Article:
However, control mechanisms in the intestinal mucosa are highly intricate, and include adaptations of non-haematopoietic cells and innate immune cells in addition to the presence of unconventional T cells with regulatory properties such as resident TCRγδ or TCRαβ CD8+ intraepithelial lymphocytes.
    In the study, L. Saurer and C. Mueller seek to provide an overview of the present body of knowledge on standard and non-standard regulatory T cell subsets (Tregs), with particular focus on clinical data and the potential role or malfunctioning of Tregs in four major human gastrointestinal diseases, i.e. inflammatory bowel diseases, celiac disease, food allergy and colorectal cancer.
    Their data confirms most of the findings derived from experimental animal models, and has implications for clinical immunology, food allergy, immunoregulation, immunotherapy, mucosal immunology, and regulatory T cell protocols. Their findings appear in the February 2009 issue of Allergy.



    Gryphon Myers
    There have been several studies of celiac disease sufferers and health-related quality of life (HRQoL), but few of these studies have focused on children. Since diseases that develop through childhood (as celiac disease often does) usually negatively impact physical, social and psychological development, it is important to determine the extent to which celiac children suffer as a result of the disease.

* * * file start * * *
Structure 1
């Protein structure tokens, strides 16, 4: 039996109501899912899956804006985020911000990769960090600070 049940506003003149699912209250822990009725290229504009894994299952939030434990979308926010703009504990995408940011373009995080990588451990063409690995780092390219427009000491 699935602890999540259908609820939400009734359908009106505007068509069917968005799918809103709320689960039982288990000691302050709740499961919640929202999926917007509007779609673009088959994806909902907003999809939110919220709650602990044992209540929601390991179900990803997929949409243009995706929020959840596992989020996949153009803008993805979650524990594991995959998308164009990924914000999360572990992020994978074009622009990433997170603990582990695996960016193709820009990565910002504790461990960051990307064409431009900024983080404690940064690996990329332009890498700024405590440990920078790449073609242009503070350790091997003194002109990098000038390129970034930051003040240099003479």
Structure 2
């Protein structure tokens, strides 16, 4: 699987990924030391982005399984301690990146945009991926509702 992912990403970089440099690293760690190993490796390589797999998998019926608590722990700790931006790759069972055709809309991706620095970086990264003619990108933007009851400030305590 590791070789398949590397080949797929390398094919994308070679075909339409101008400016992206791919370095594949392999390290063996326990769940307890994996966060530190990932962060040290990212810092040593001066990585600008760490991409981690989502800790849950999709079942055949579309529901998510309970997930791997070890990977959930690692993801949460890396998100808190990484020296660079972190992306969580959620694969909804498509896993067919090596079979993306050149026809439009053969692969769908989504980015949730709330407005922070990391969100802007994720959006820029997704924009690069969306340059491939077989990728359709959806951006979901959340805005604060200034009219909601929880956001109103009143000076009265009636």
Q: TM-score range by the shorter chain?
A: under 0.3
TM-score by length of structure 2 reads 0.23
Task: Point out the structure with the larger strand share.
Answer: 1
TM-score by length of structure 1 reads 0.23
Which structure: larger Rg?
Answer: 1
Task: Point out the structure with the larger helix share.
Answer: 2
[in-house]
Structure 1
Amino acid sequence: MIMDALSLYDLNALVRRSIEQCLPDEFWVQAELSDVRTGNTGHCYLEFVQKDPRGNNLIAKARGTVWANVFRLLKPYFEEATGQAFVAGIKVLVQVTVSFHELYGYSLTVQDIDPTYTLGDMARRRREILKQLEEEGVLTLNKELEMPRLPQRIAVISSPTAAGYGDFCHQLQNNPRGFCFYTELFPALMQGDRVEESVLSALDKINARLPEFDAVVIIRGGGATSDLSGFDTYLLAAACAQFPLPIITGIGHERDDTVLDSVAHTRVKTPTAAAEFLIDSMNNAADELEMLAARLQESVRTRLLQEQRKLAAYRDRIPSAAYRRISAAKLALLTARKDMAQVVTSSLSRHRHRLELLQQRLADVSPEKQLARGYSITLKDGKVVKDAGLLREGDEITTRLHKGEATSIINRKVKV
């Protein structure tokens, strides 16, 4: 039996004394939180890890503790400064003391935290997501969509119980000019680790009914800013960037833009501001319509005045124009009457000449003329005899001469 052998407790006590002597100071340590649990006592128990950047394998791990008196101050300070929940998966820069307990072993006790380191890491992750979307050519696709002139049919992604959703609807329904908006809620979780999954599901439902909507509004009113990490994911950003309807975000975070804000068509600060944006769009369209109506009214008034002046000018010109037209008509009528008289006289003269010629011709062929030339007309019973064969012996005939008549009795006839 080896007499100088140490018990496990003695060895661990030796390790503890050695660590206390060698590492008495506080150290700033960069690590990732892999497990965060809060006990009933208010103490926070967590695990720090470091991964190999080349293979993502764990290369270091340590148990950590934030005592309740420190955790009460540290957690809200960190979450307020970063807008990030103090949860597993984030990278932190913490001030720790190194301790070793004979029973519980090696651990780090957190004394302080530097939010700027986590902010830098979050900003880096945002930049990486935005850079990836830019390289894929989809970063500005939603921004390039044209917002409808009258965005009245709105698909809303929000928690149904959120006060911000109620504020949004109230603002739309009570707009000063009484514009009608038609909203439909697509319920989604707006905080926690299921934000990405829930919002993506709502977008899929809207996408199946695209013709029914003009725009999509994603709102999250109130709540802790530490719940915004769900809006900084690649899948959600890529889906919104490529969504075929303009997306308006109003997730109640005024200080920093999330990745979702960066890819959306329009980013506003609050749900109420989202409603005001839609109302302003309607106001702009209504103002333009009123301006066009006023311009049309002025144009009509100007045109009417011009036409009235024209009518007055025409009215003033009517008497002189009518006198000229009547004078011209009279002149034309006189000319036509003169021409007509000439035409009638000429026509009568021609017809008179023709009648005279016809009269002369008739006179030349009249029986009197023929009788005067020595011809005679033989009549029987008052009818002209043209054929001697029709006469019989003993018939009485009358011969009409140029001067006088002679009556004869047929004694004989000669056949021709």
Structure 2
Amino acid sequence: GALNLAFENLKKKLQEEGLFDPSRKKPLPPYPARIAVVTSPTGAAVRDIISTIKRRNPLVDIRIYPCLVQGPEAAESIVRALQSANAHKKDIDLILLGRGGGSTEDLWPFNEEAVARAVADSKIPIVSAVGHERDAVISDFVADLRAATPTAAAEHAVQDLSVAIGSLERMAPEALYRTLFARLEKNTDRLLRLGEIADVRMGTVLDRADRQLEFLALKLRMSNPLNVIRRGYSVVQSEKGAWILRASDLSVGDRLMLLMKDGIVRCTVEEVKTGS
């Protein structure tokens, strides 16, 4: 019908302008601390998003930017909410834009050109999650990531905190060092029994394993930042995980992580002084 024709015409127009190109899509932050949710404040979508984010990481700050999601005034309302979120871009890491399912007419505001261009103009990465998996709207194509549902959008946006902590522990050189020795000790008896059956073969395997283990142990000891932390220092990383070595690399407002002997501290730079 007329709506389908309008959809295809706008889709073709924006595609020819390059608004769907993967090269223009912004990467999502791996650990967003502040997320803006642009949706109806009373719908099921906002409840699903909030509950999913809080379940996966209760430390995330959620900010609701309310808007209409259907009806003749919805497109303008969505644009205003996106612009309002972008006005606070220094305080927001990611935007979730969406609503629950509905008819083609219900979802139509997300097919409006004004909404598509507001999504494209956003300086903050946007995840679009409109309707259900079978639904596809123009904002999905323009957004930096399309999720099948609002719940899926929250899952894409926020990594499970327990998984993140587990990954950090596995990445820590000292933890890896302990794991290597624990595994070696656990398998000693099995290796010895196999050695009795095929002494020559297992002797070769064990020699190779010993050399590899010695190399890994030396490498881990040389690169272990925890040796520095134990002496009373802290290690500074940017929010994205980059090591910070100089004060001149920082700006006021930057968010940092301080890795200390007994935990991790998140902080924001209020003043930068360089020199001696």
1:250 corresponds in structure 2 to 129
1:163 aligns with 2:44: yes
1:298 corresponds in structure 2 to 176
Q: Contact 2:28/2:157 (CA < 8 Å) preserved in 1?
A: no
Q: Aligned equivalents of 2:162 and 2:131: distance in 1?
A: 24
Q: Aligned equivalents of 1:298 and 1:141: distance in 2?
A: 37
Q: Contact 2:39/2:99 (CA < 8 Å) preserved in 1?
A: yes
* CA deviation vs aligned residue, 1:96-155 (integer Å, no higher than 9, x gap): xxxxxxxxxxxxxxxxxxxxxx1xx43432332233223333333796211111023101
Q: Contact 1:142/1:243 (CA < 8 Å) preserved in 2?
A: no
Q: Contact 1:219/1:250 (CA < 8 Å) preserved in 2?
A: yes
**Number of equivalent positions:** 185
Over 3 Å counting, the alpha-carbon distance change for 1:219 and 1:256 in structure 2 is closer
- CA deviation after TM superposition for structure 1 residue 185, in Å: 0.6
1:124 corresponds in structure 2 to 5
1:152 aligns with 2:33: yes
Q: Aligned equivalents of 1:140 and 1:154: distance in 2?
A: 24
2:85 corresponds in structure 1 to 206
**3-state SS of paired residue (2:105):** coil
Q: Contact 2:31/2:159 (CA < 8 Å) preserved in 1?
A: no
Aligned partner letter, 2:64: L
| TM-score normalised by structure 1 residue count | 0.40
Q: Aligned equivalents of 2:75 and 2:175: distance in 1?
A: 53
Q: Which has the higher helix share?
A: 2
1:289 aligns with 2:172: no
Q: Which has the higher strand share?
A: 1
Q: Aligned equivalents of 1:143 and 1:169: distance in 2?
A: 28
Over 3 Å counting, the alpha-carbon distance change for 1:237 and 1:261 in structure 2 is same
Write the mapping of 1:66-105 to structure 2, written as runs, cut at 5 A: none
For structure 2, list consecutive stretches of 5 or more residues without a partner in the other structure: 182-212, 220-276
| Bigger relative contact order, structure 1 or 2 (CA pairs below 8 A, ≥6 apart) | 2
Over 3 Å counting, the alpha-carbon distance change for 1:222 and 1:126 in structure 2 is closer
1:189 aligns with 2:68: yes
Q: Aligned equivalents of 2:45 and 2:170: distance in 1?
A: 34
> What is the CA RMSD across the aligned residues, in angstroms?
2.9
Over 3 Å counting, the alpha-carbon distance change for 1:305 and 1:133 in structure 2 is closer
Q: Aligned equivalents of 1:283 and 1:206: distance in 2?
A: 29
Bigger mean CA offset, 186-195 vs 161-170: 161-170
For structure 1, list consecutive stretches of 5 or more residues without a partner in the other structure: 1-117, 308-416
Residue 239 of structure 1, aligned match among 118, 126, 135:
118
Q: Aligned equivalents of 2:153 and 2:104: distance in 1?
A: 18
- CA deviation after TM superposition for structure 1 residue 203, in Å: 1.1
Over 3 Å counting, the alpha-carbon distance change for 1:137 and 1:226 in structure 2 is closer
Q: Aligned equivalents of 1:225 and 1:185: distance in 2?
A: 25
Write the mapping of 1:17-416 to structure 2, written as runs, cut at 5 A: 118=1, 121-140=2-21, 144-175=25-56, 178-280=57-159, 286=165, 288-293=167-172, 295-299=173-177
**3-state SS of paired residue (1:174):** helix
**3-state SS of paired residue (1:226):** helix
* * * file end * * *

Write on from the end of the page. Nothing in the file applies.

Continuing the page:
In the present study, 160 celiac children (55 males and 105 females) were given questionnaires to assess mental health, social health and physical health over the four weeks prior to when the test was taken. Children were divided into three age groups: 8-11 years, 12-15 years and 16-18 years. Parents were given a proxy version of the questionnaire to assess their children. Questions came from the short version of the DISABKIDS questionnaire (a well-validated research method used for different chronic disease diagnostic groups). Age and severity of disease at onset were examined to determine if these factors influenced self-valuation later in life.
    Children rated their HRQoL surprisingly high, with a median score of 92/100 (85 points for mental health, 95 for social health and 100 for physical health). Sex and age did not show any significant correlation, though years since diagnosis showed slight correlation (children rated themselves higher the longer it had been since disease onset). Children who were younger at diagnosis also rated themselves higher, which is likely because young children have not grown accustomed to gluten-containing foods, and thus miss them less. It is also likely that children closer to adolescent age have a harder time accepting their 'otherness' due to their psychological development.